4 internautes sur 4 ont trouvé ce commentaire utile 
3.0 étoiles sur 5 I'd listen to the next one too 20 octobre 2012
Par Luanne Ollivier - Publié sur Amazon.com
Bad Little Falls is the third book in Paul Doiron's Mike Bowditch series, but a first read of this author for me.

Bowditch is a game warden. He's been sent to a remote outpost in Maine by his superiors for past transgressions. And it's mighty cold in Maine in the winter. One of his first call outs is for a man missing in a snowstorm. His friend made it to the house of a local couple, but the other man is still out there. When that man is found dead by means other than the weather, it becomes a murder investigation. And the dead man - he's a known drug dealer.

The weather is cold and so is the welcome from the locals for Mike. Someone nails a dead coyote skin to his door and his superior officer makes light of it. He seems to be butting heads with nearly everyone in town - a renowned wilderness expert, the local sheriff, local trappers and more. The one person who doesn't seem to hate him is Jamie Sewall - MacDonald's employee of the month, a single mom to a strange little boy and a woman with lots of ties to the murder investigation.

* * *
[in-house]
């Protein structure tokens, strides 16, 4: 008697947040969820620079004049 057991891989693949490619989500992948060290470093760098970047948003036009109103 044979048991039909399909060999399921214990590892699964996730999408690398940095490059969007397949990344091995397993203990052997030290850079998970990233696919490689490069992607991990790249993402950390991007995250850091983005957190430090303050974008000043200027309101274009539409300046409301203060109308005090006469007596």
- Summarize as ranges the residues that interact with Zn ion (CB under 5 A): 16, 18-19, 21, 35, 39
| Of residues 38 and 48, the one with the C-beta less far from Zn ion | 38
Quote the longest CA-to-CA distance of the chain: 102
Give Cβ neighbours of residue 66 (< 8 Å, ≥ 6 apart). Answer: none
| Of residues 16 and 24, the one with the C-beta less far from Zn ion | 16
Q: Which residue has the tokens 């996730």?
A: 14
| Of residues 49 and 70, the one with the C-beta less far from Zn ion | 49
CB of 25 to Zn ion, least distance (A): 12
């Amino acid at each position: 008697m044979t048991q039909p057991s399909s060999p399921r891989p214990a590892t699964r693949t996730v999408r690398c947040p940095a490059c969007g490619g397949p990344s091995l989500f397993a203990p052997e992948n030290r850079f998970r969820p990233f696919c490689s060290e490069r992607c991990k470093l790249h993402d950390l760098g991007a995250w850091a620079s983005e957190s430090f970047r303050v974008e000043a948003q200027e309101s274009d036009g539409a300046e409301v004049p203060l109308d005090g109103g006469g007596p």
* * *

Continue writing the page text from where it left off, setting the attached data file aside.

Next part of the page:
Doiron has written an entertaining if not overly involved mystery. There are lots of red herrings and possible suspects. I did find myself wondering at a game warden's seeming over involvement in a murder investigation. I enjoyed the actual references to game warden activity (the frozen zebra was a great story), but there weren't that many. I follow another series featuring a game warden who is a little older, a little more established and a little wiser. I found Bowditch's decision to become romantically involved with Jamie Sewell somewhat rash, hurried and unbelievable. And one sided as well - we never really hear from Jamie herself. He's been exiled to Maine by his superiors because of his impulsiveness and bad judgement, but it really doesn't seem to have sunk in, although he mentions needing to change several times.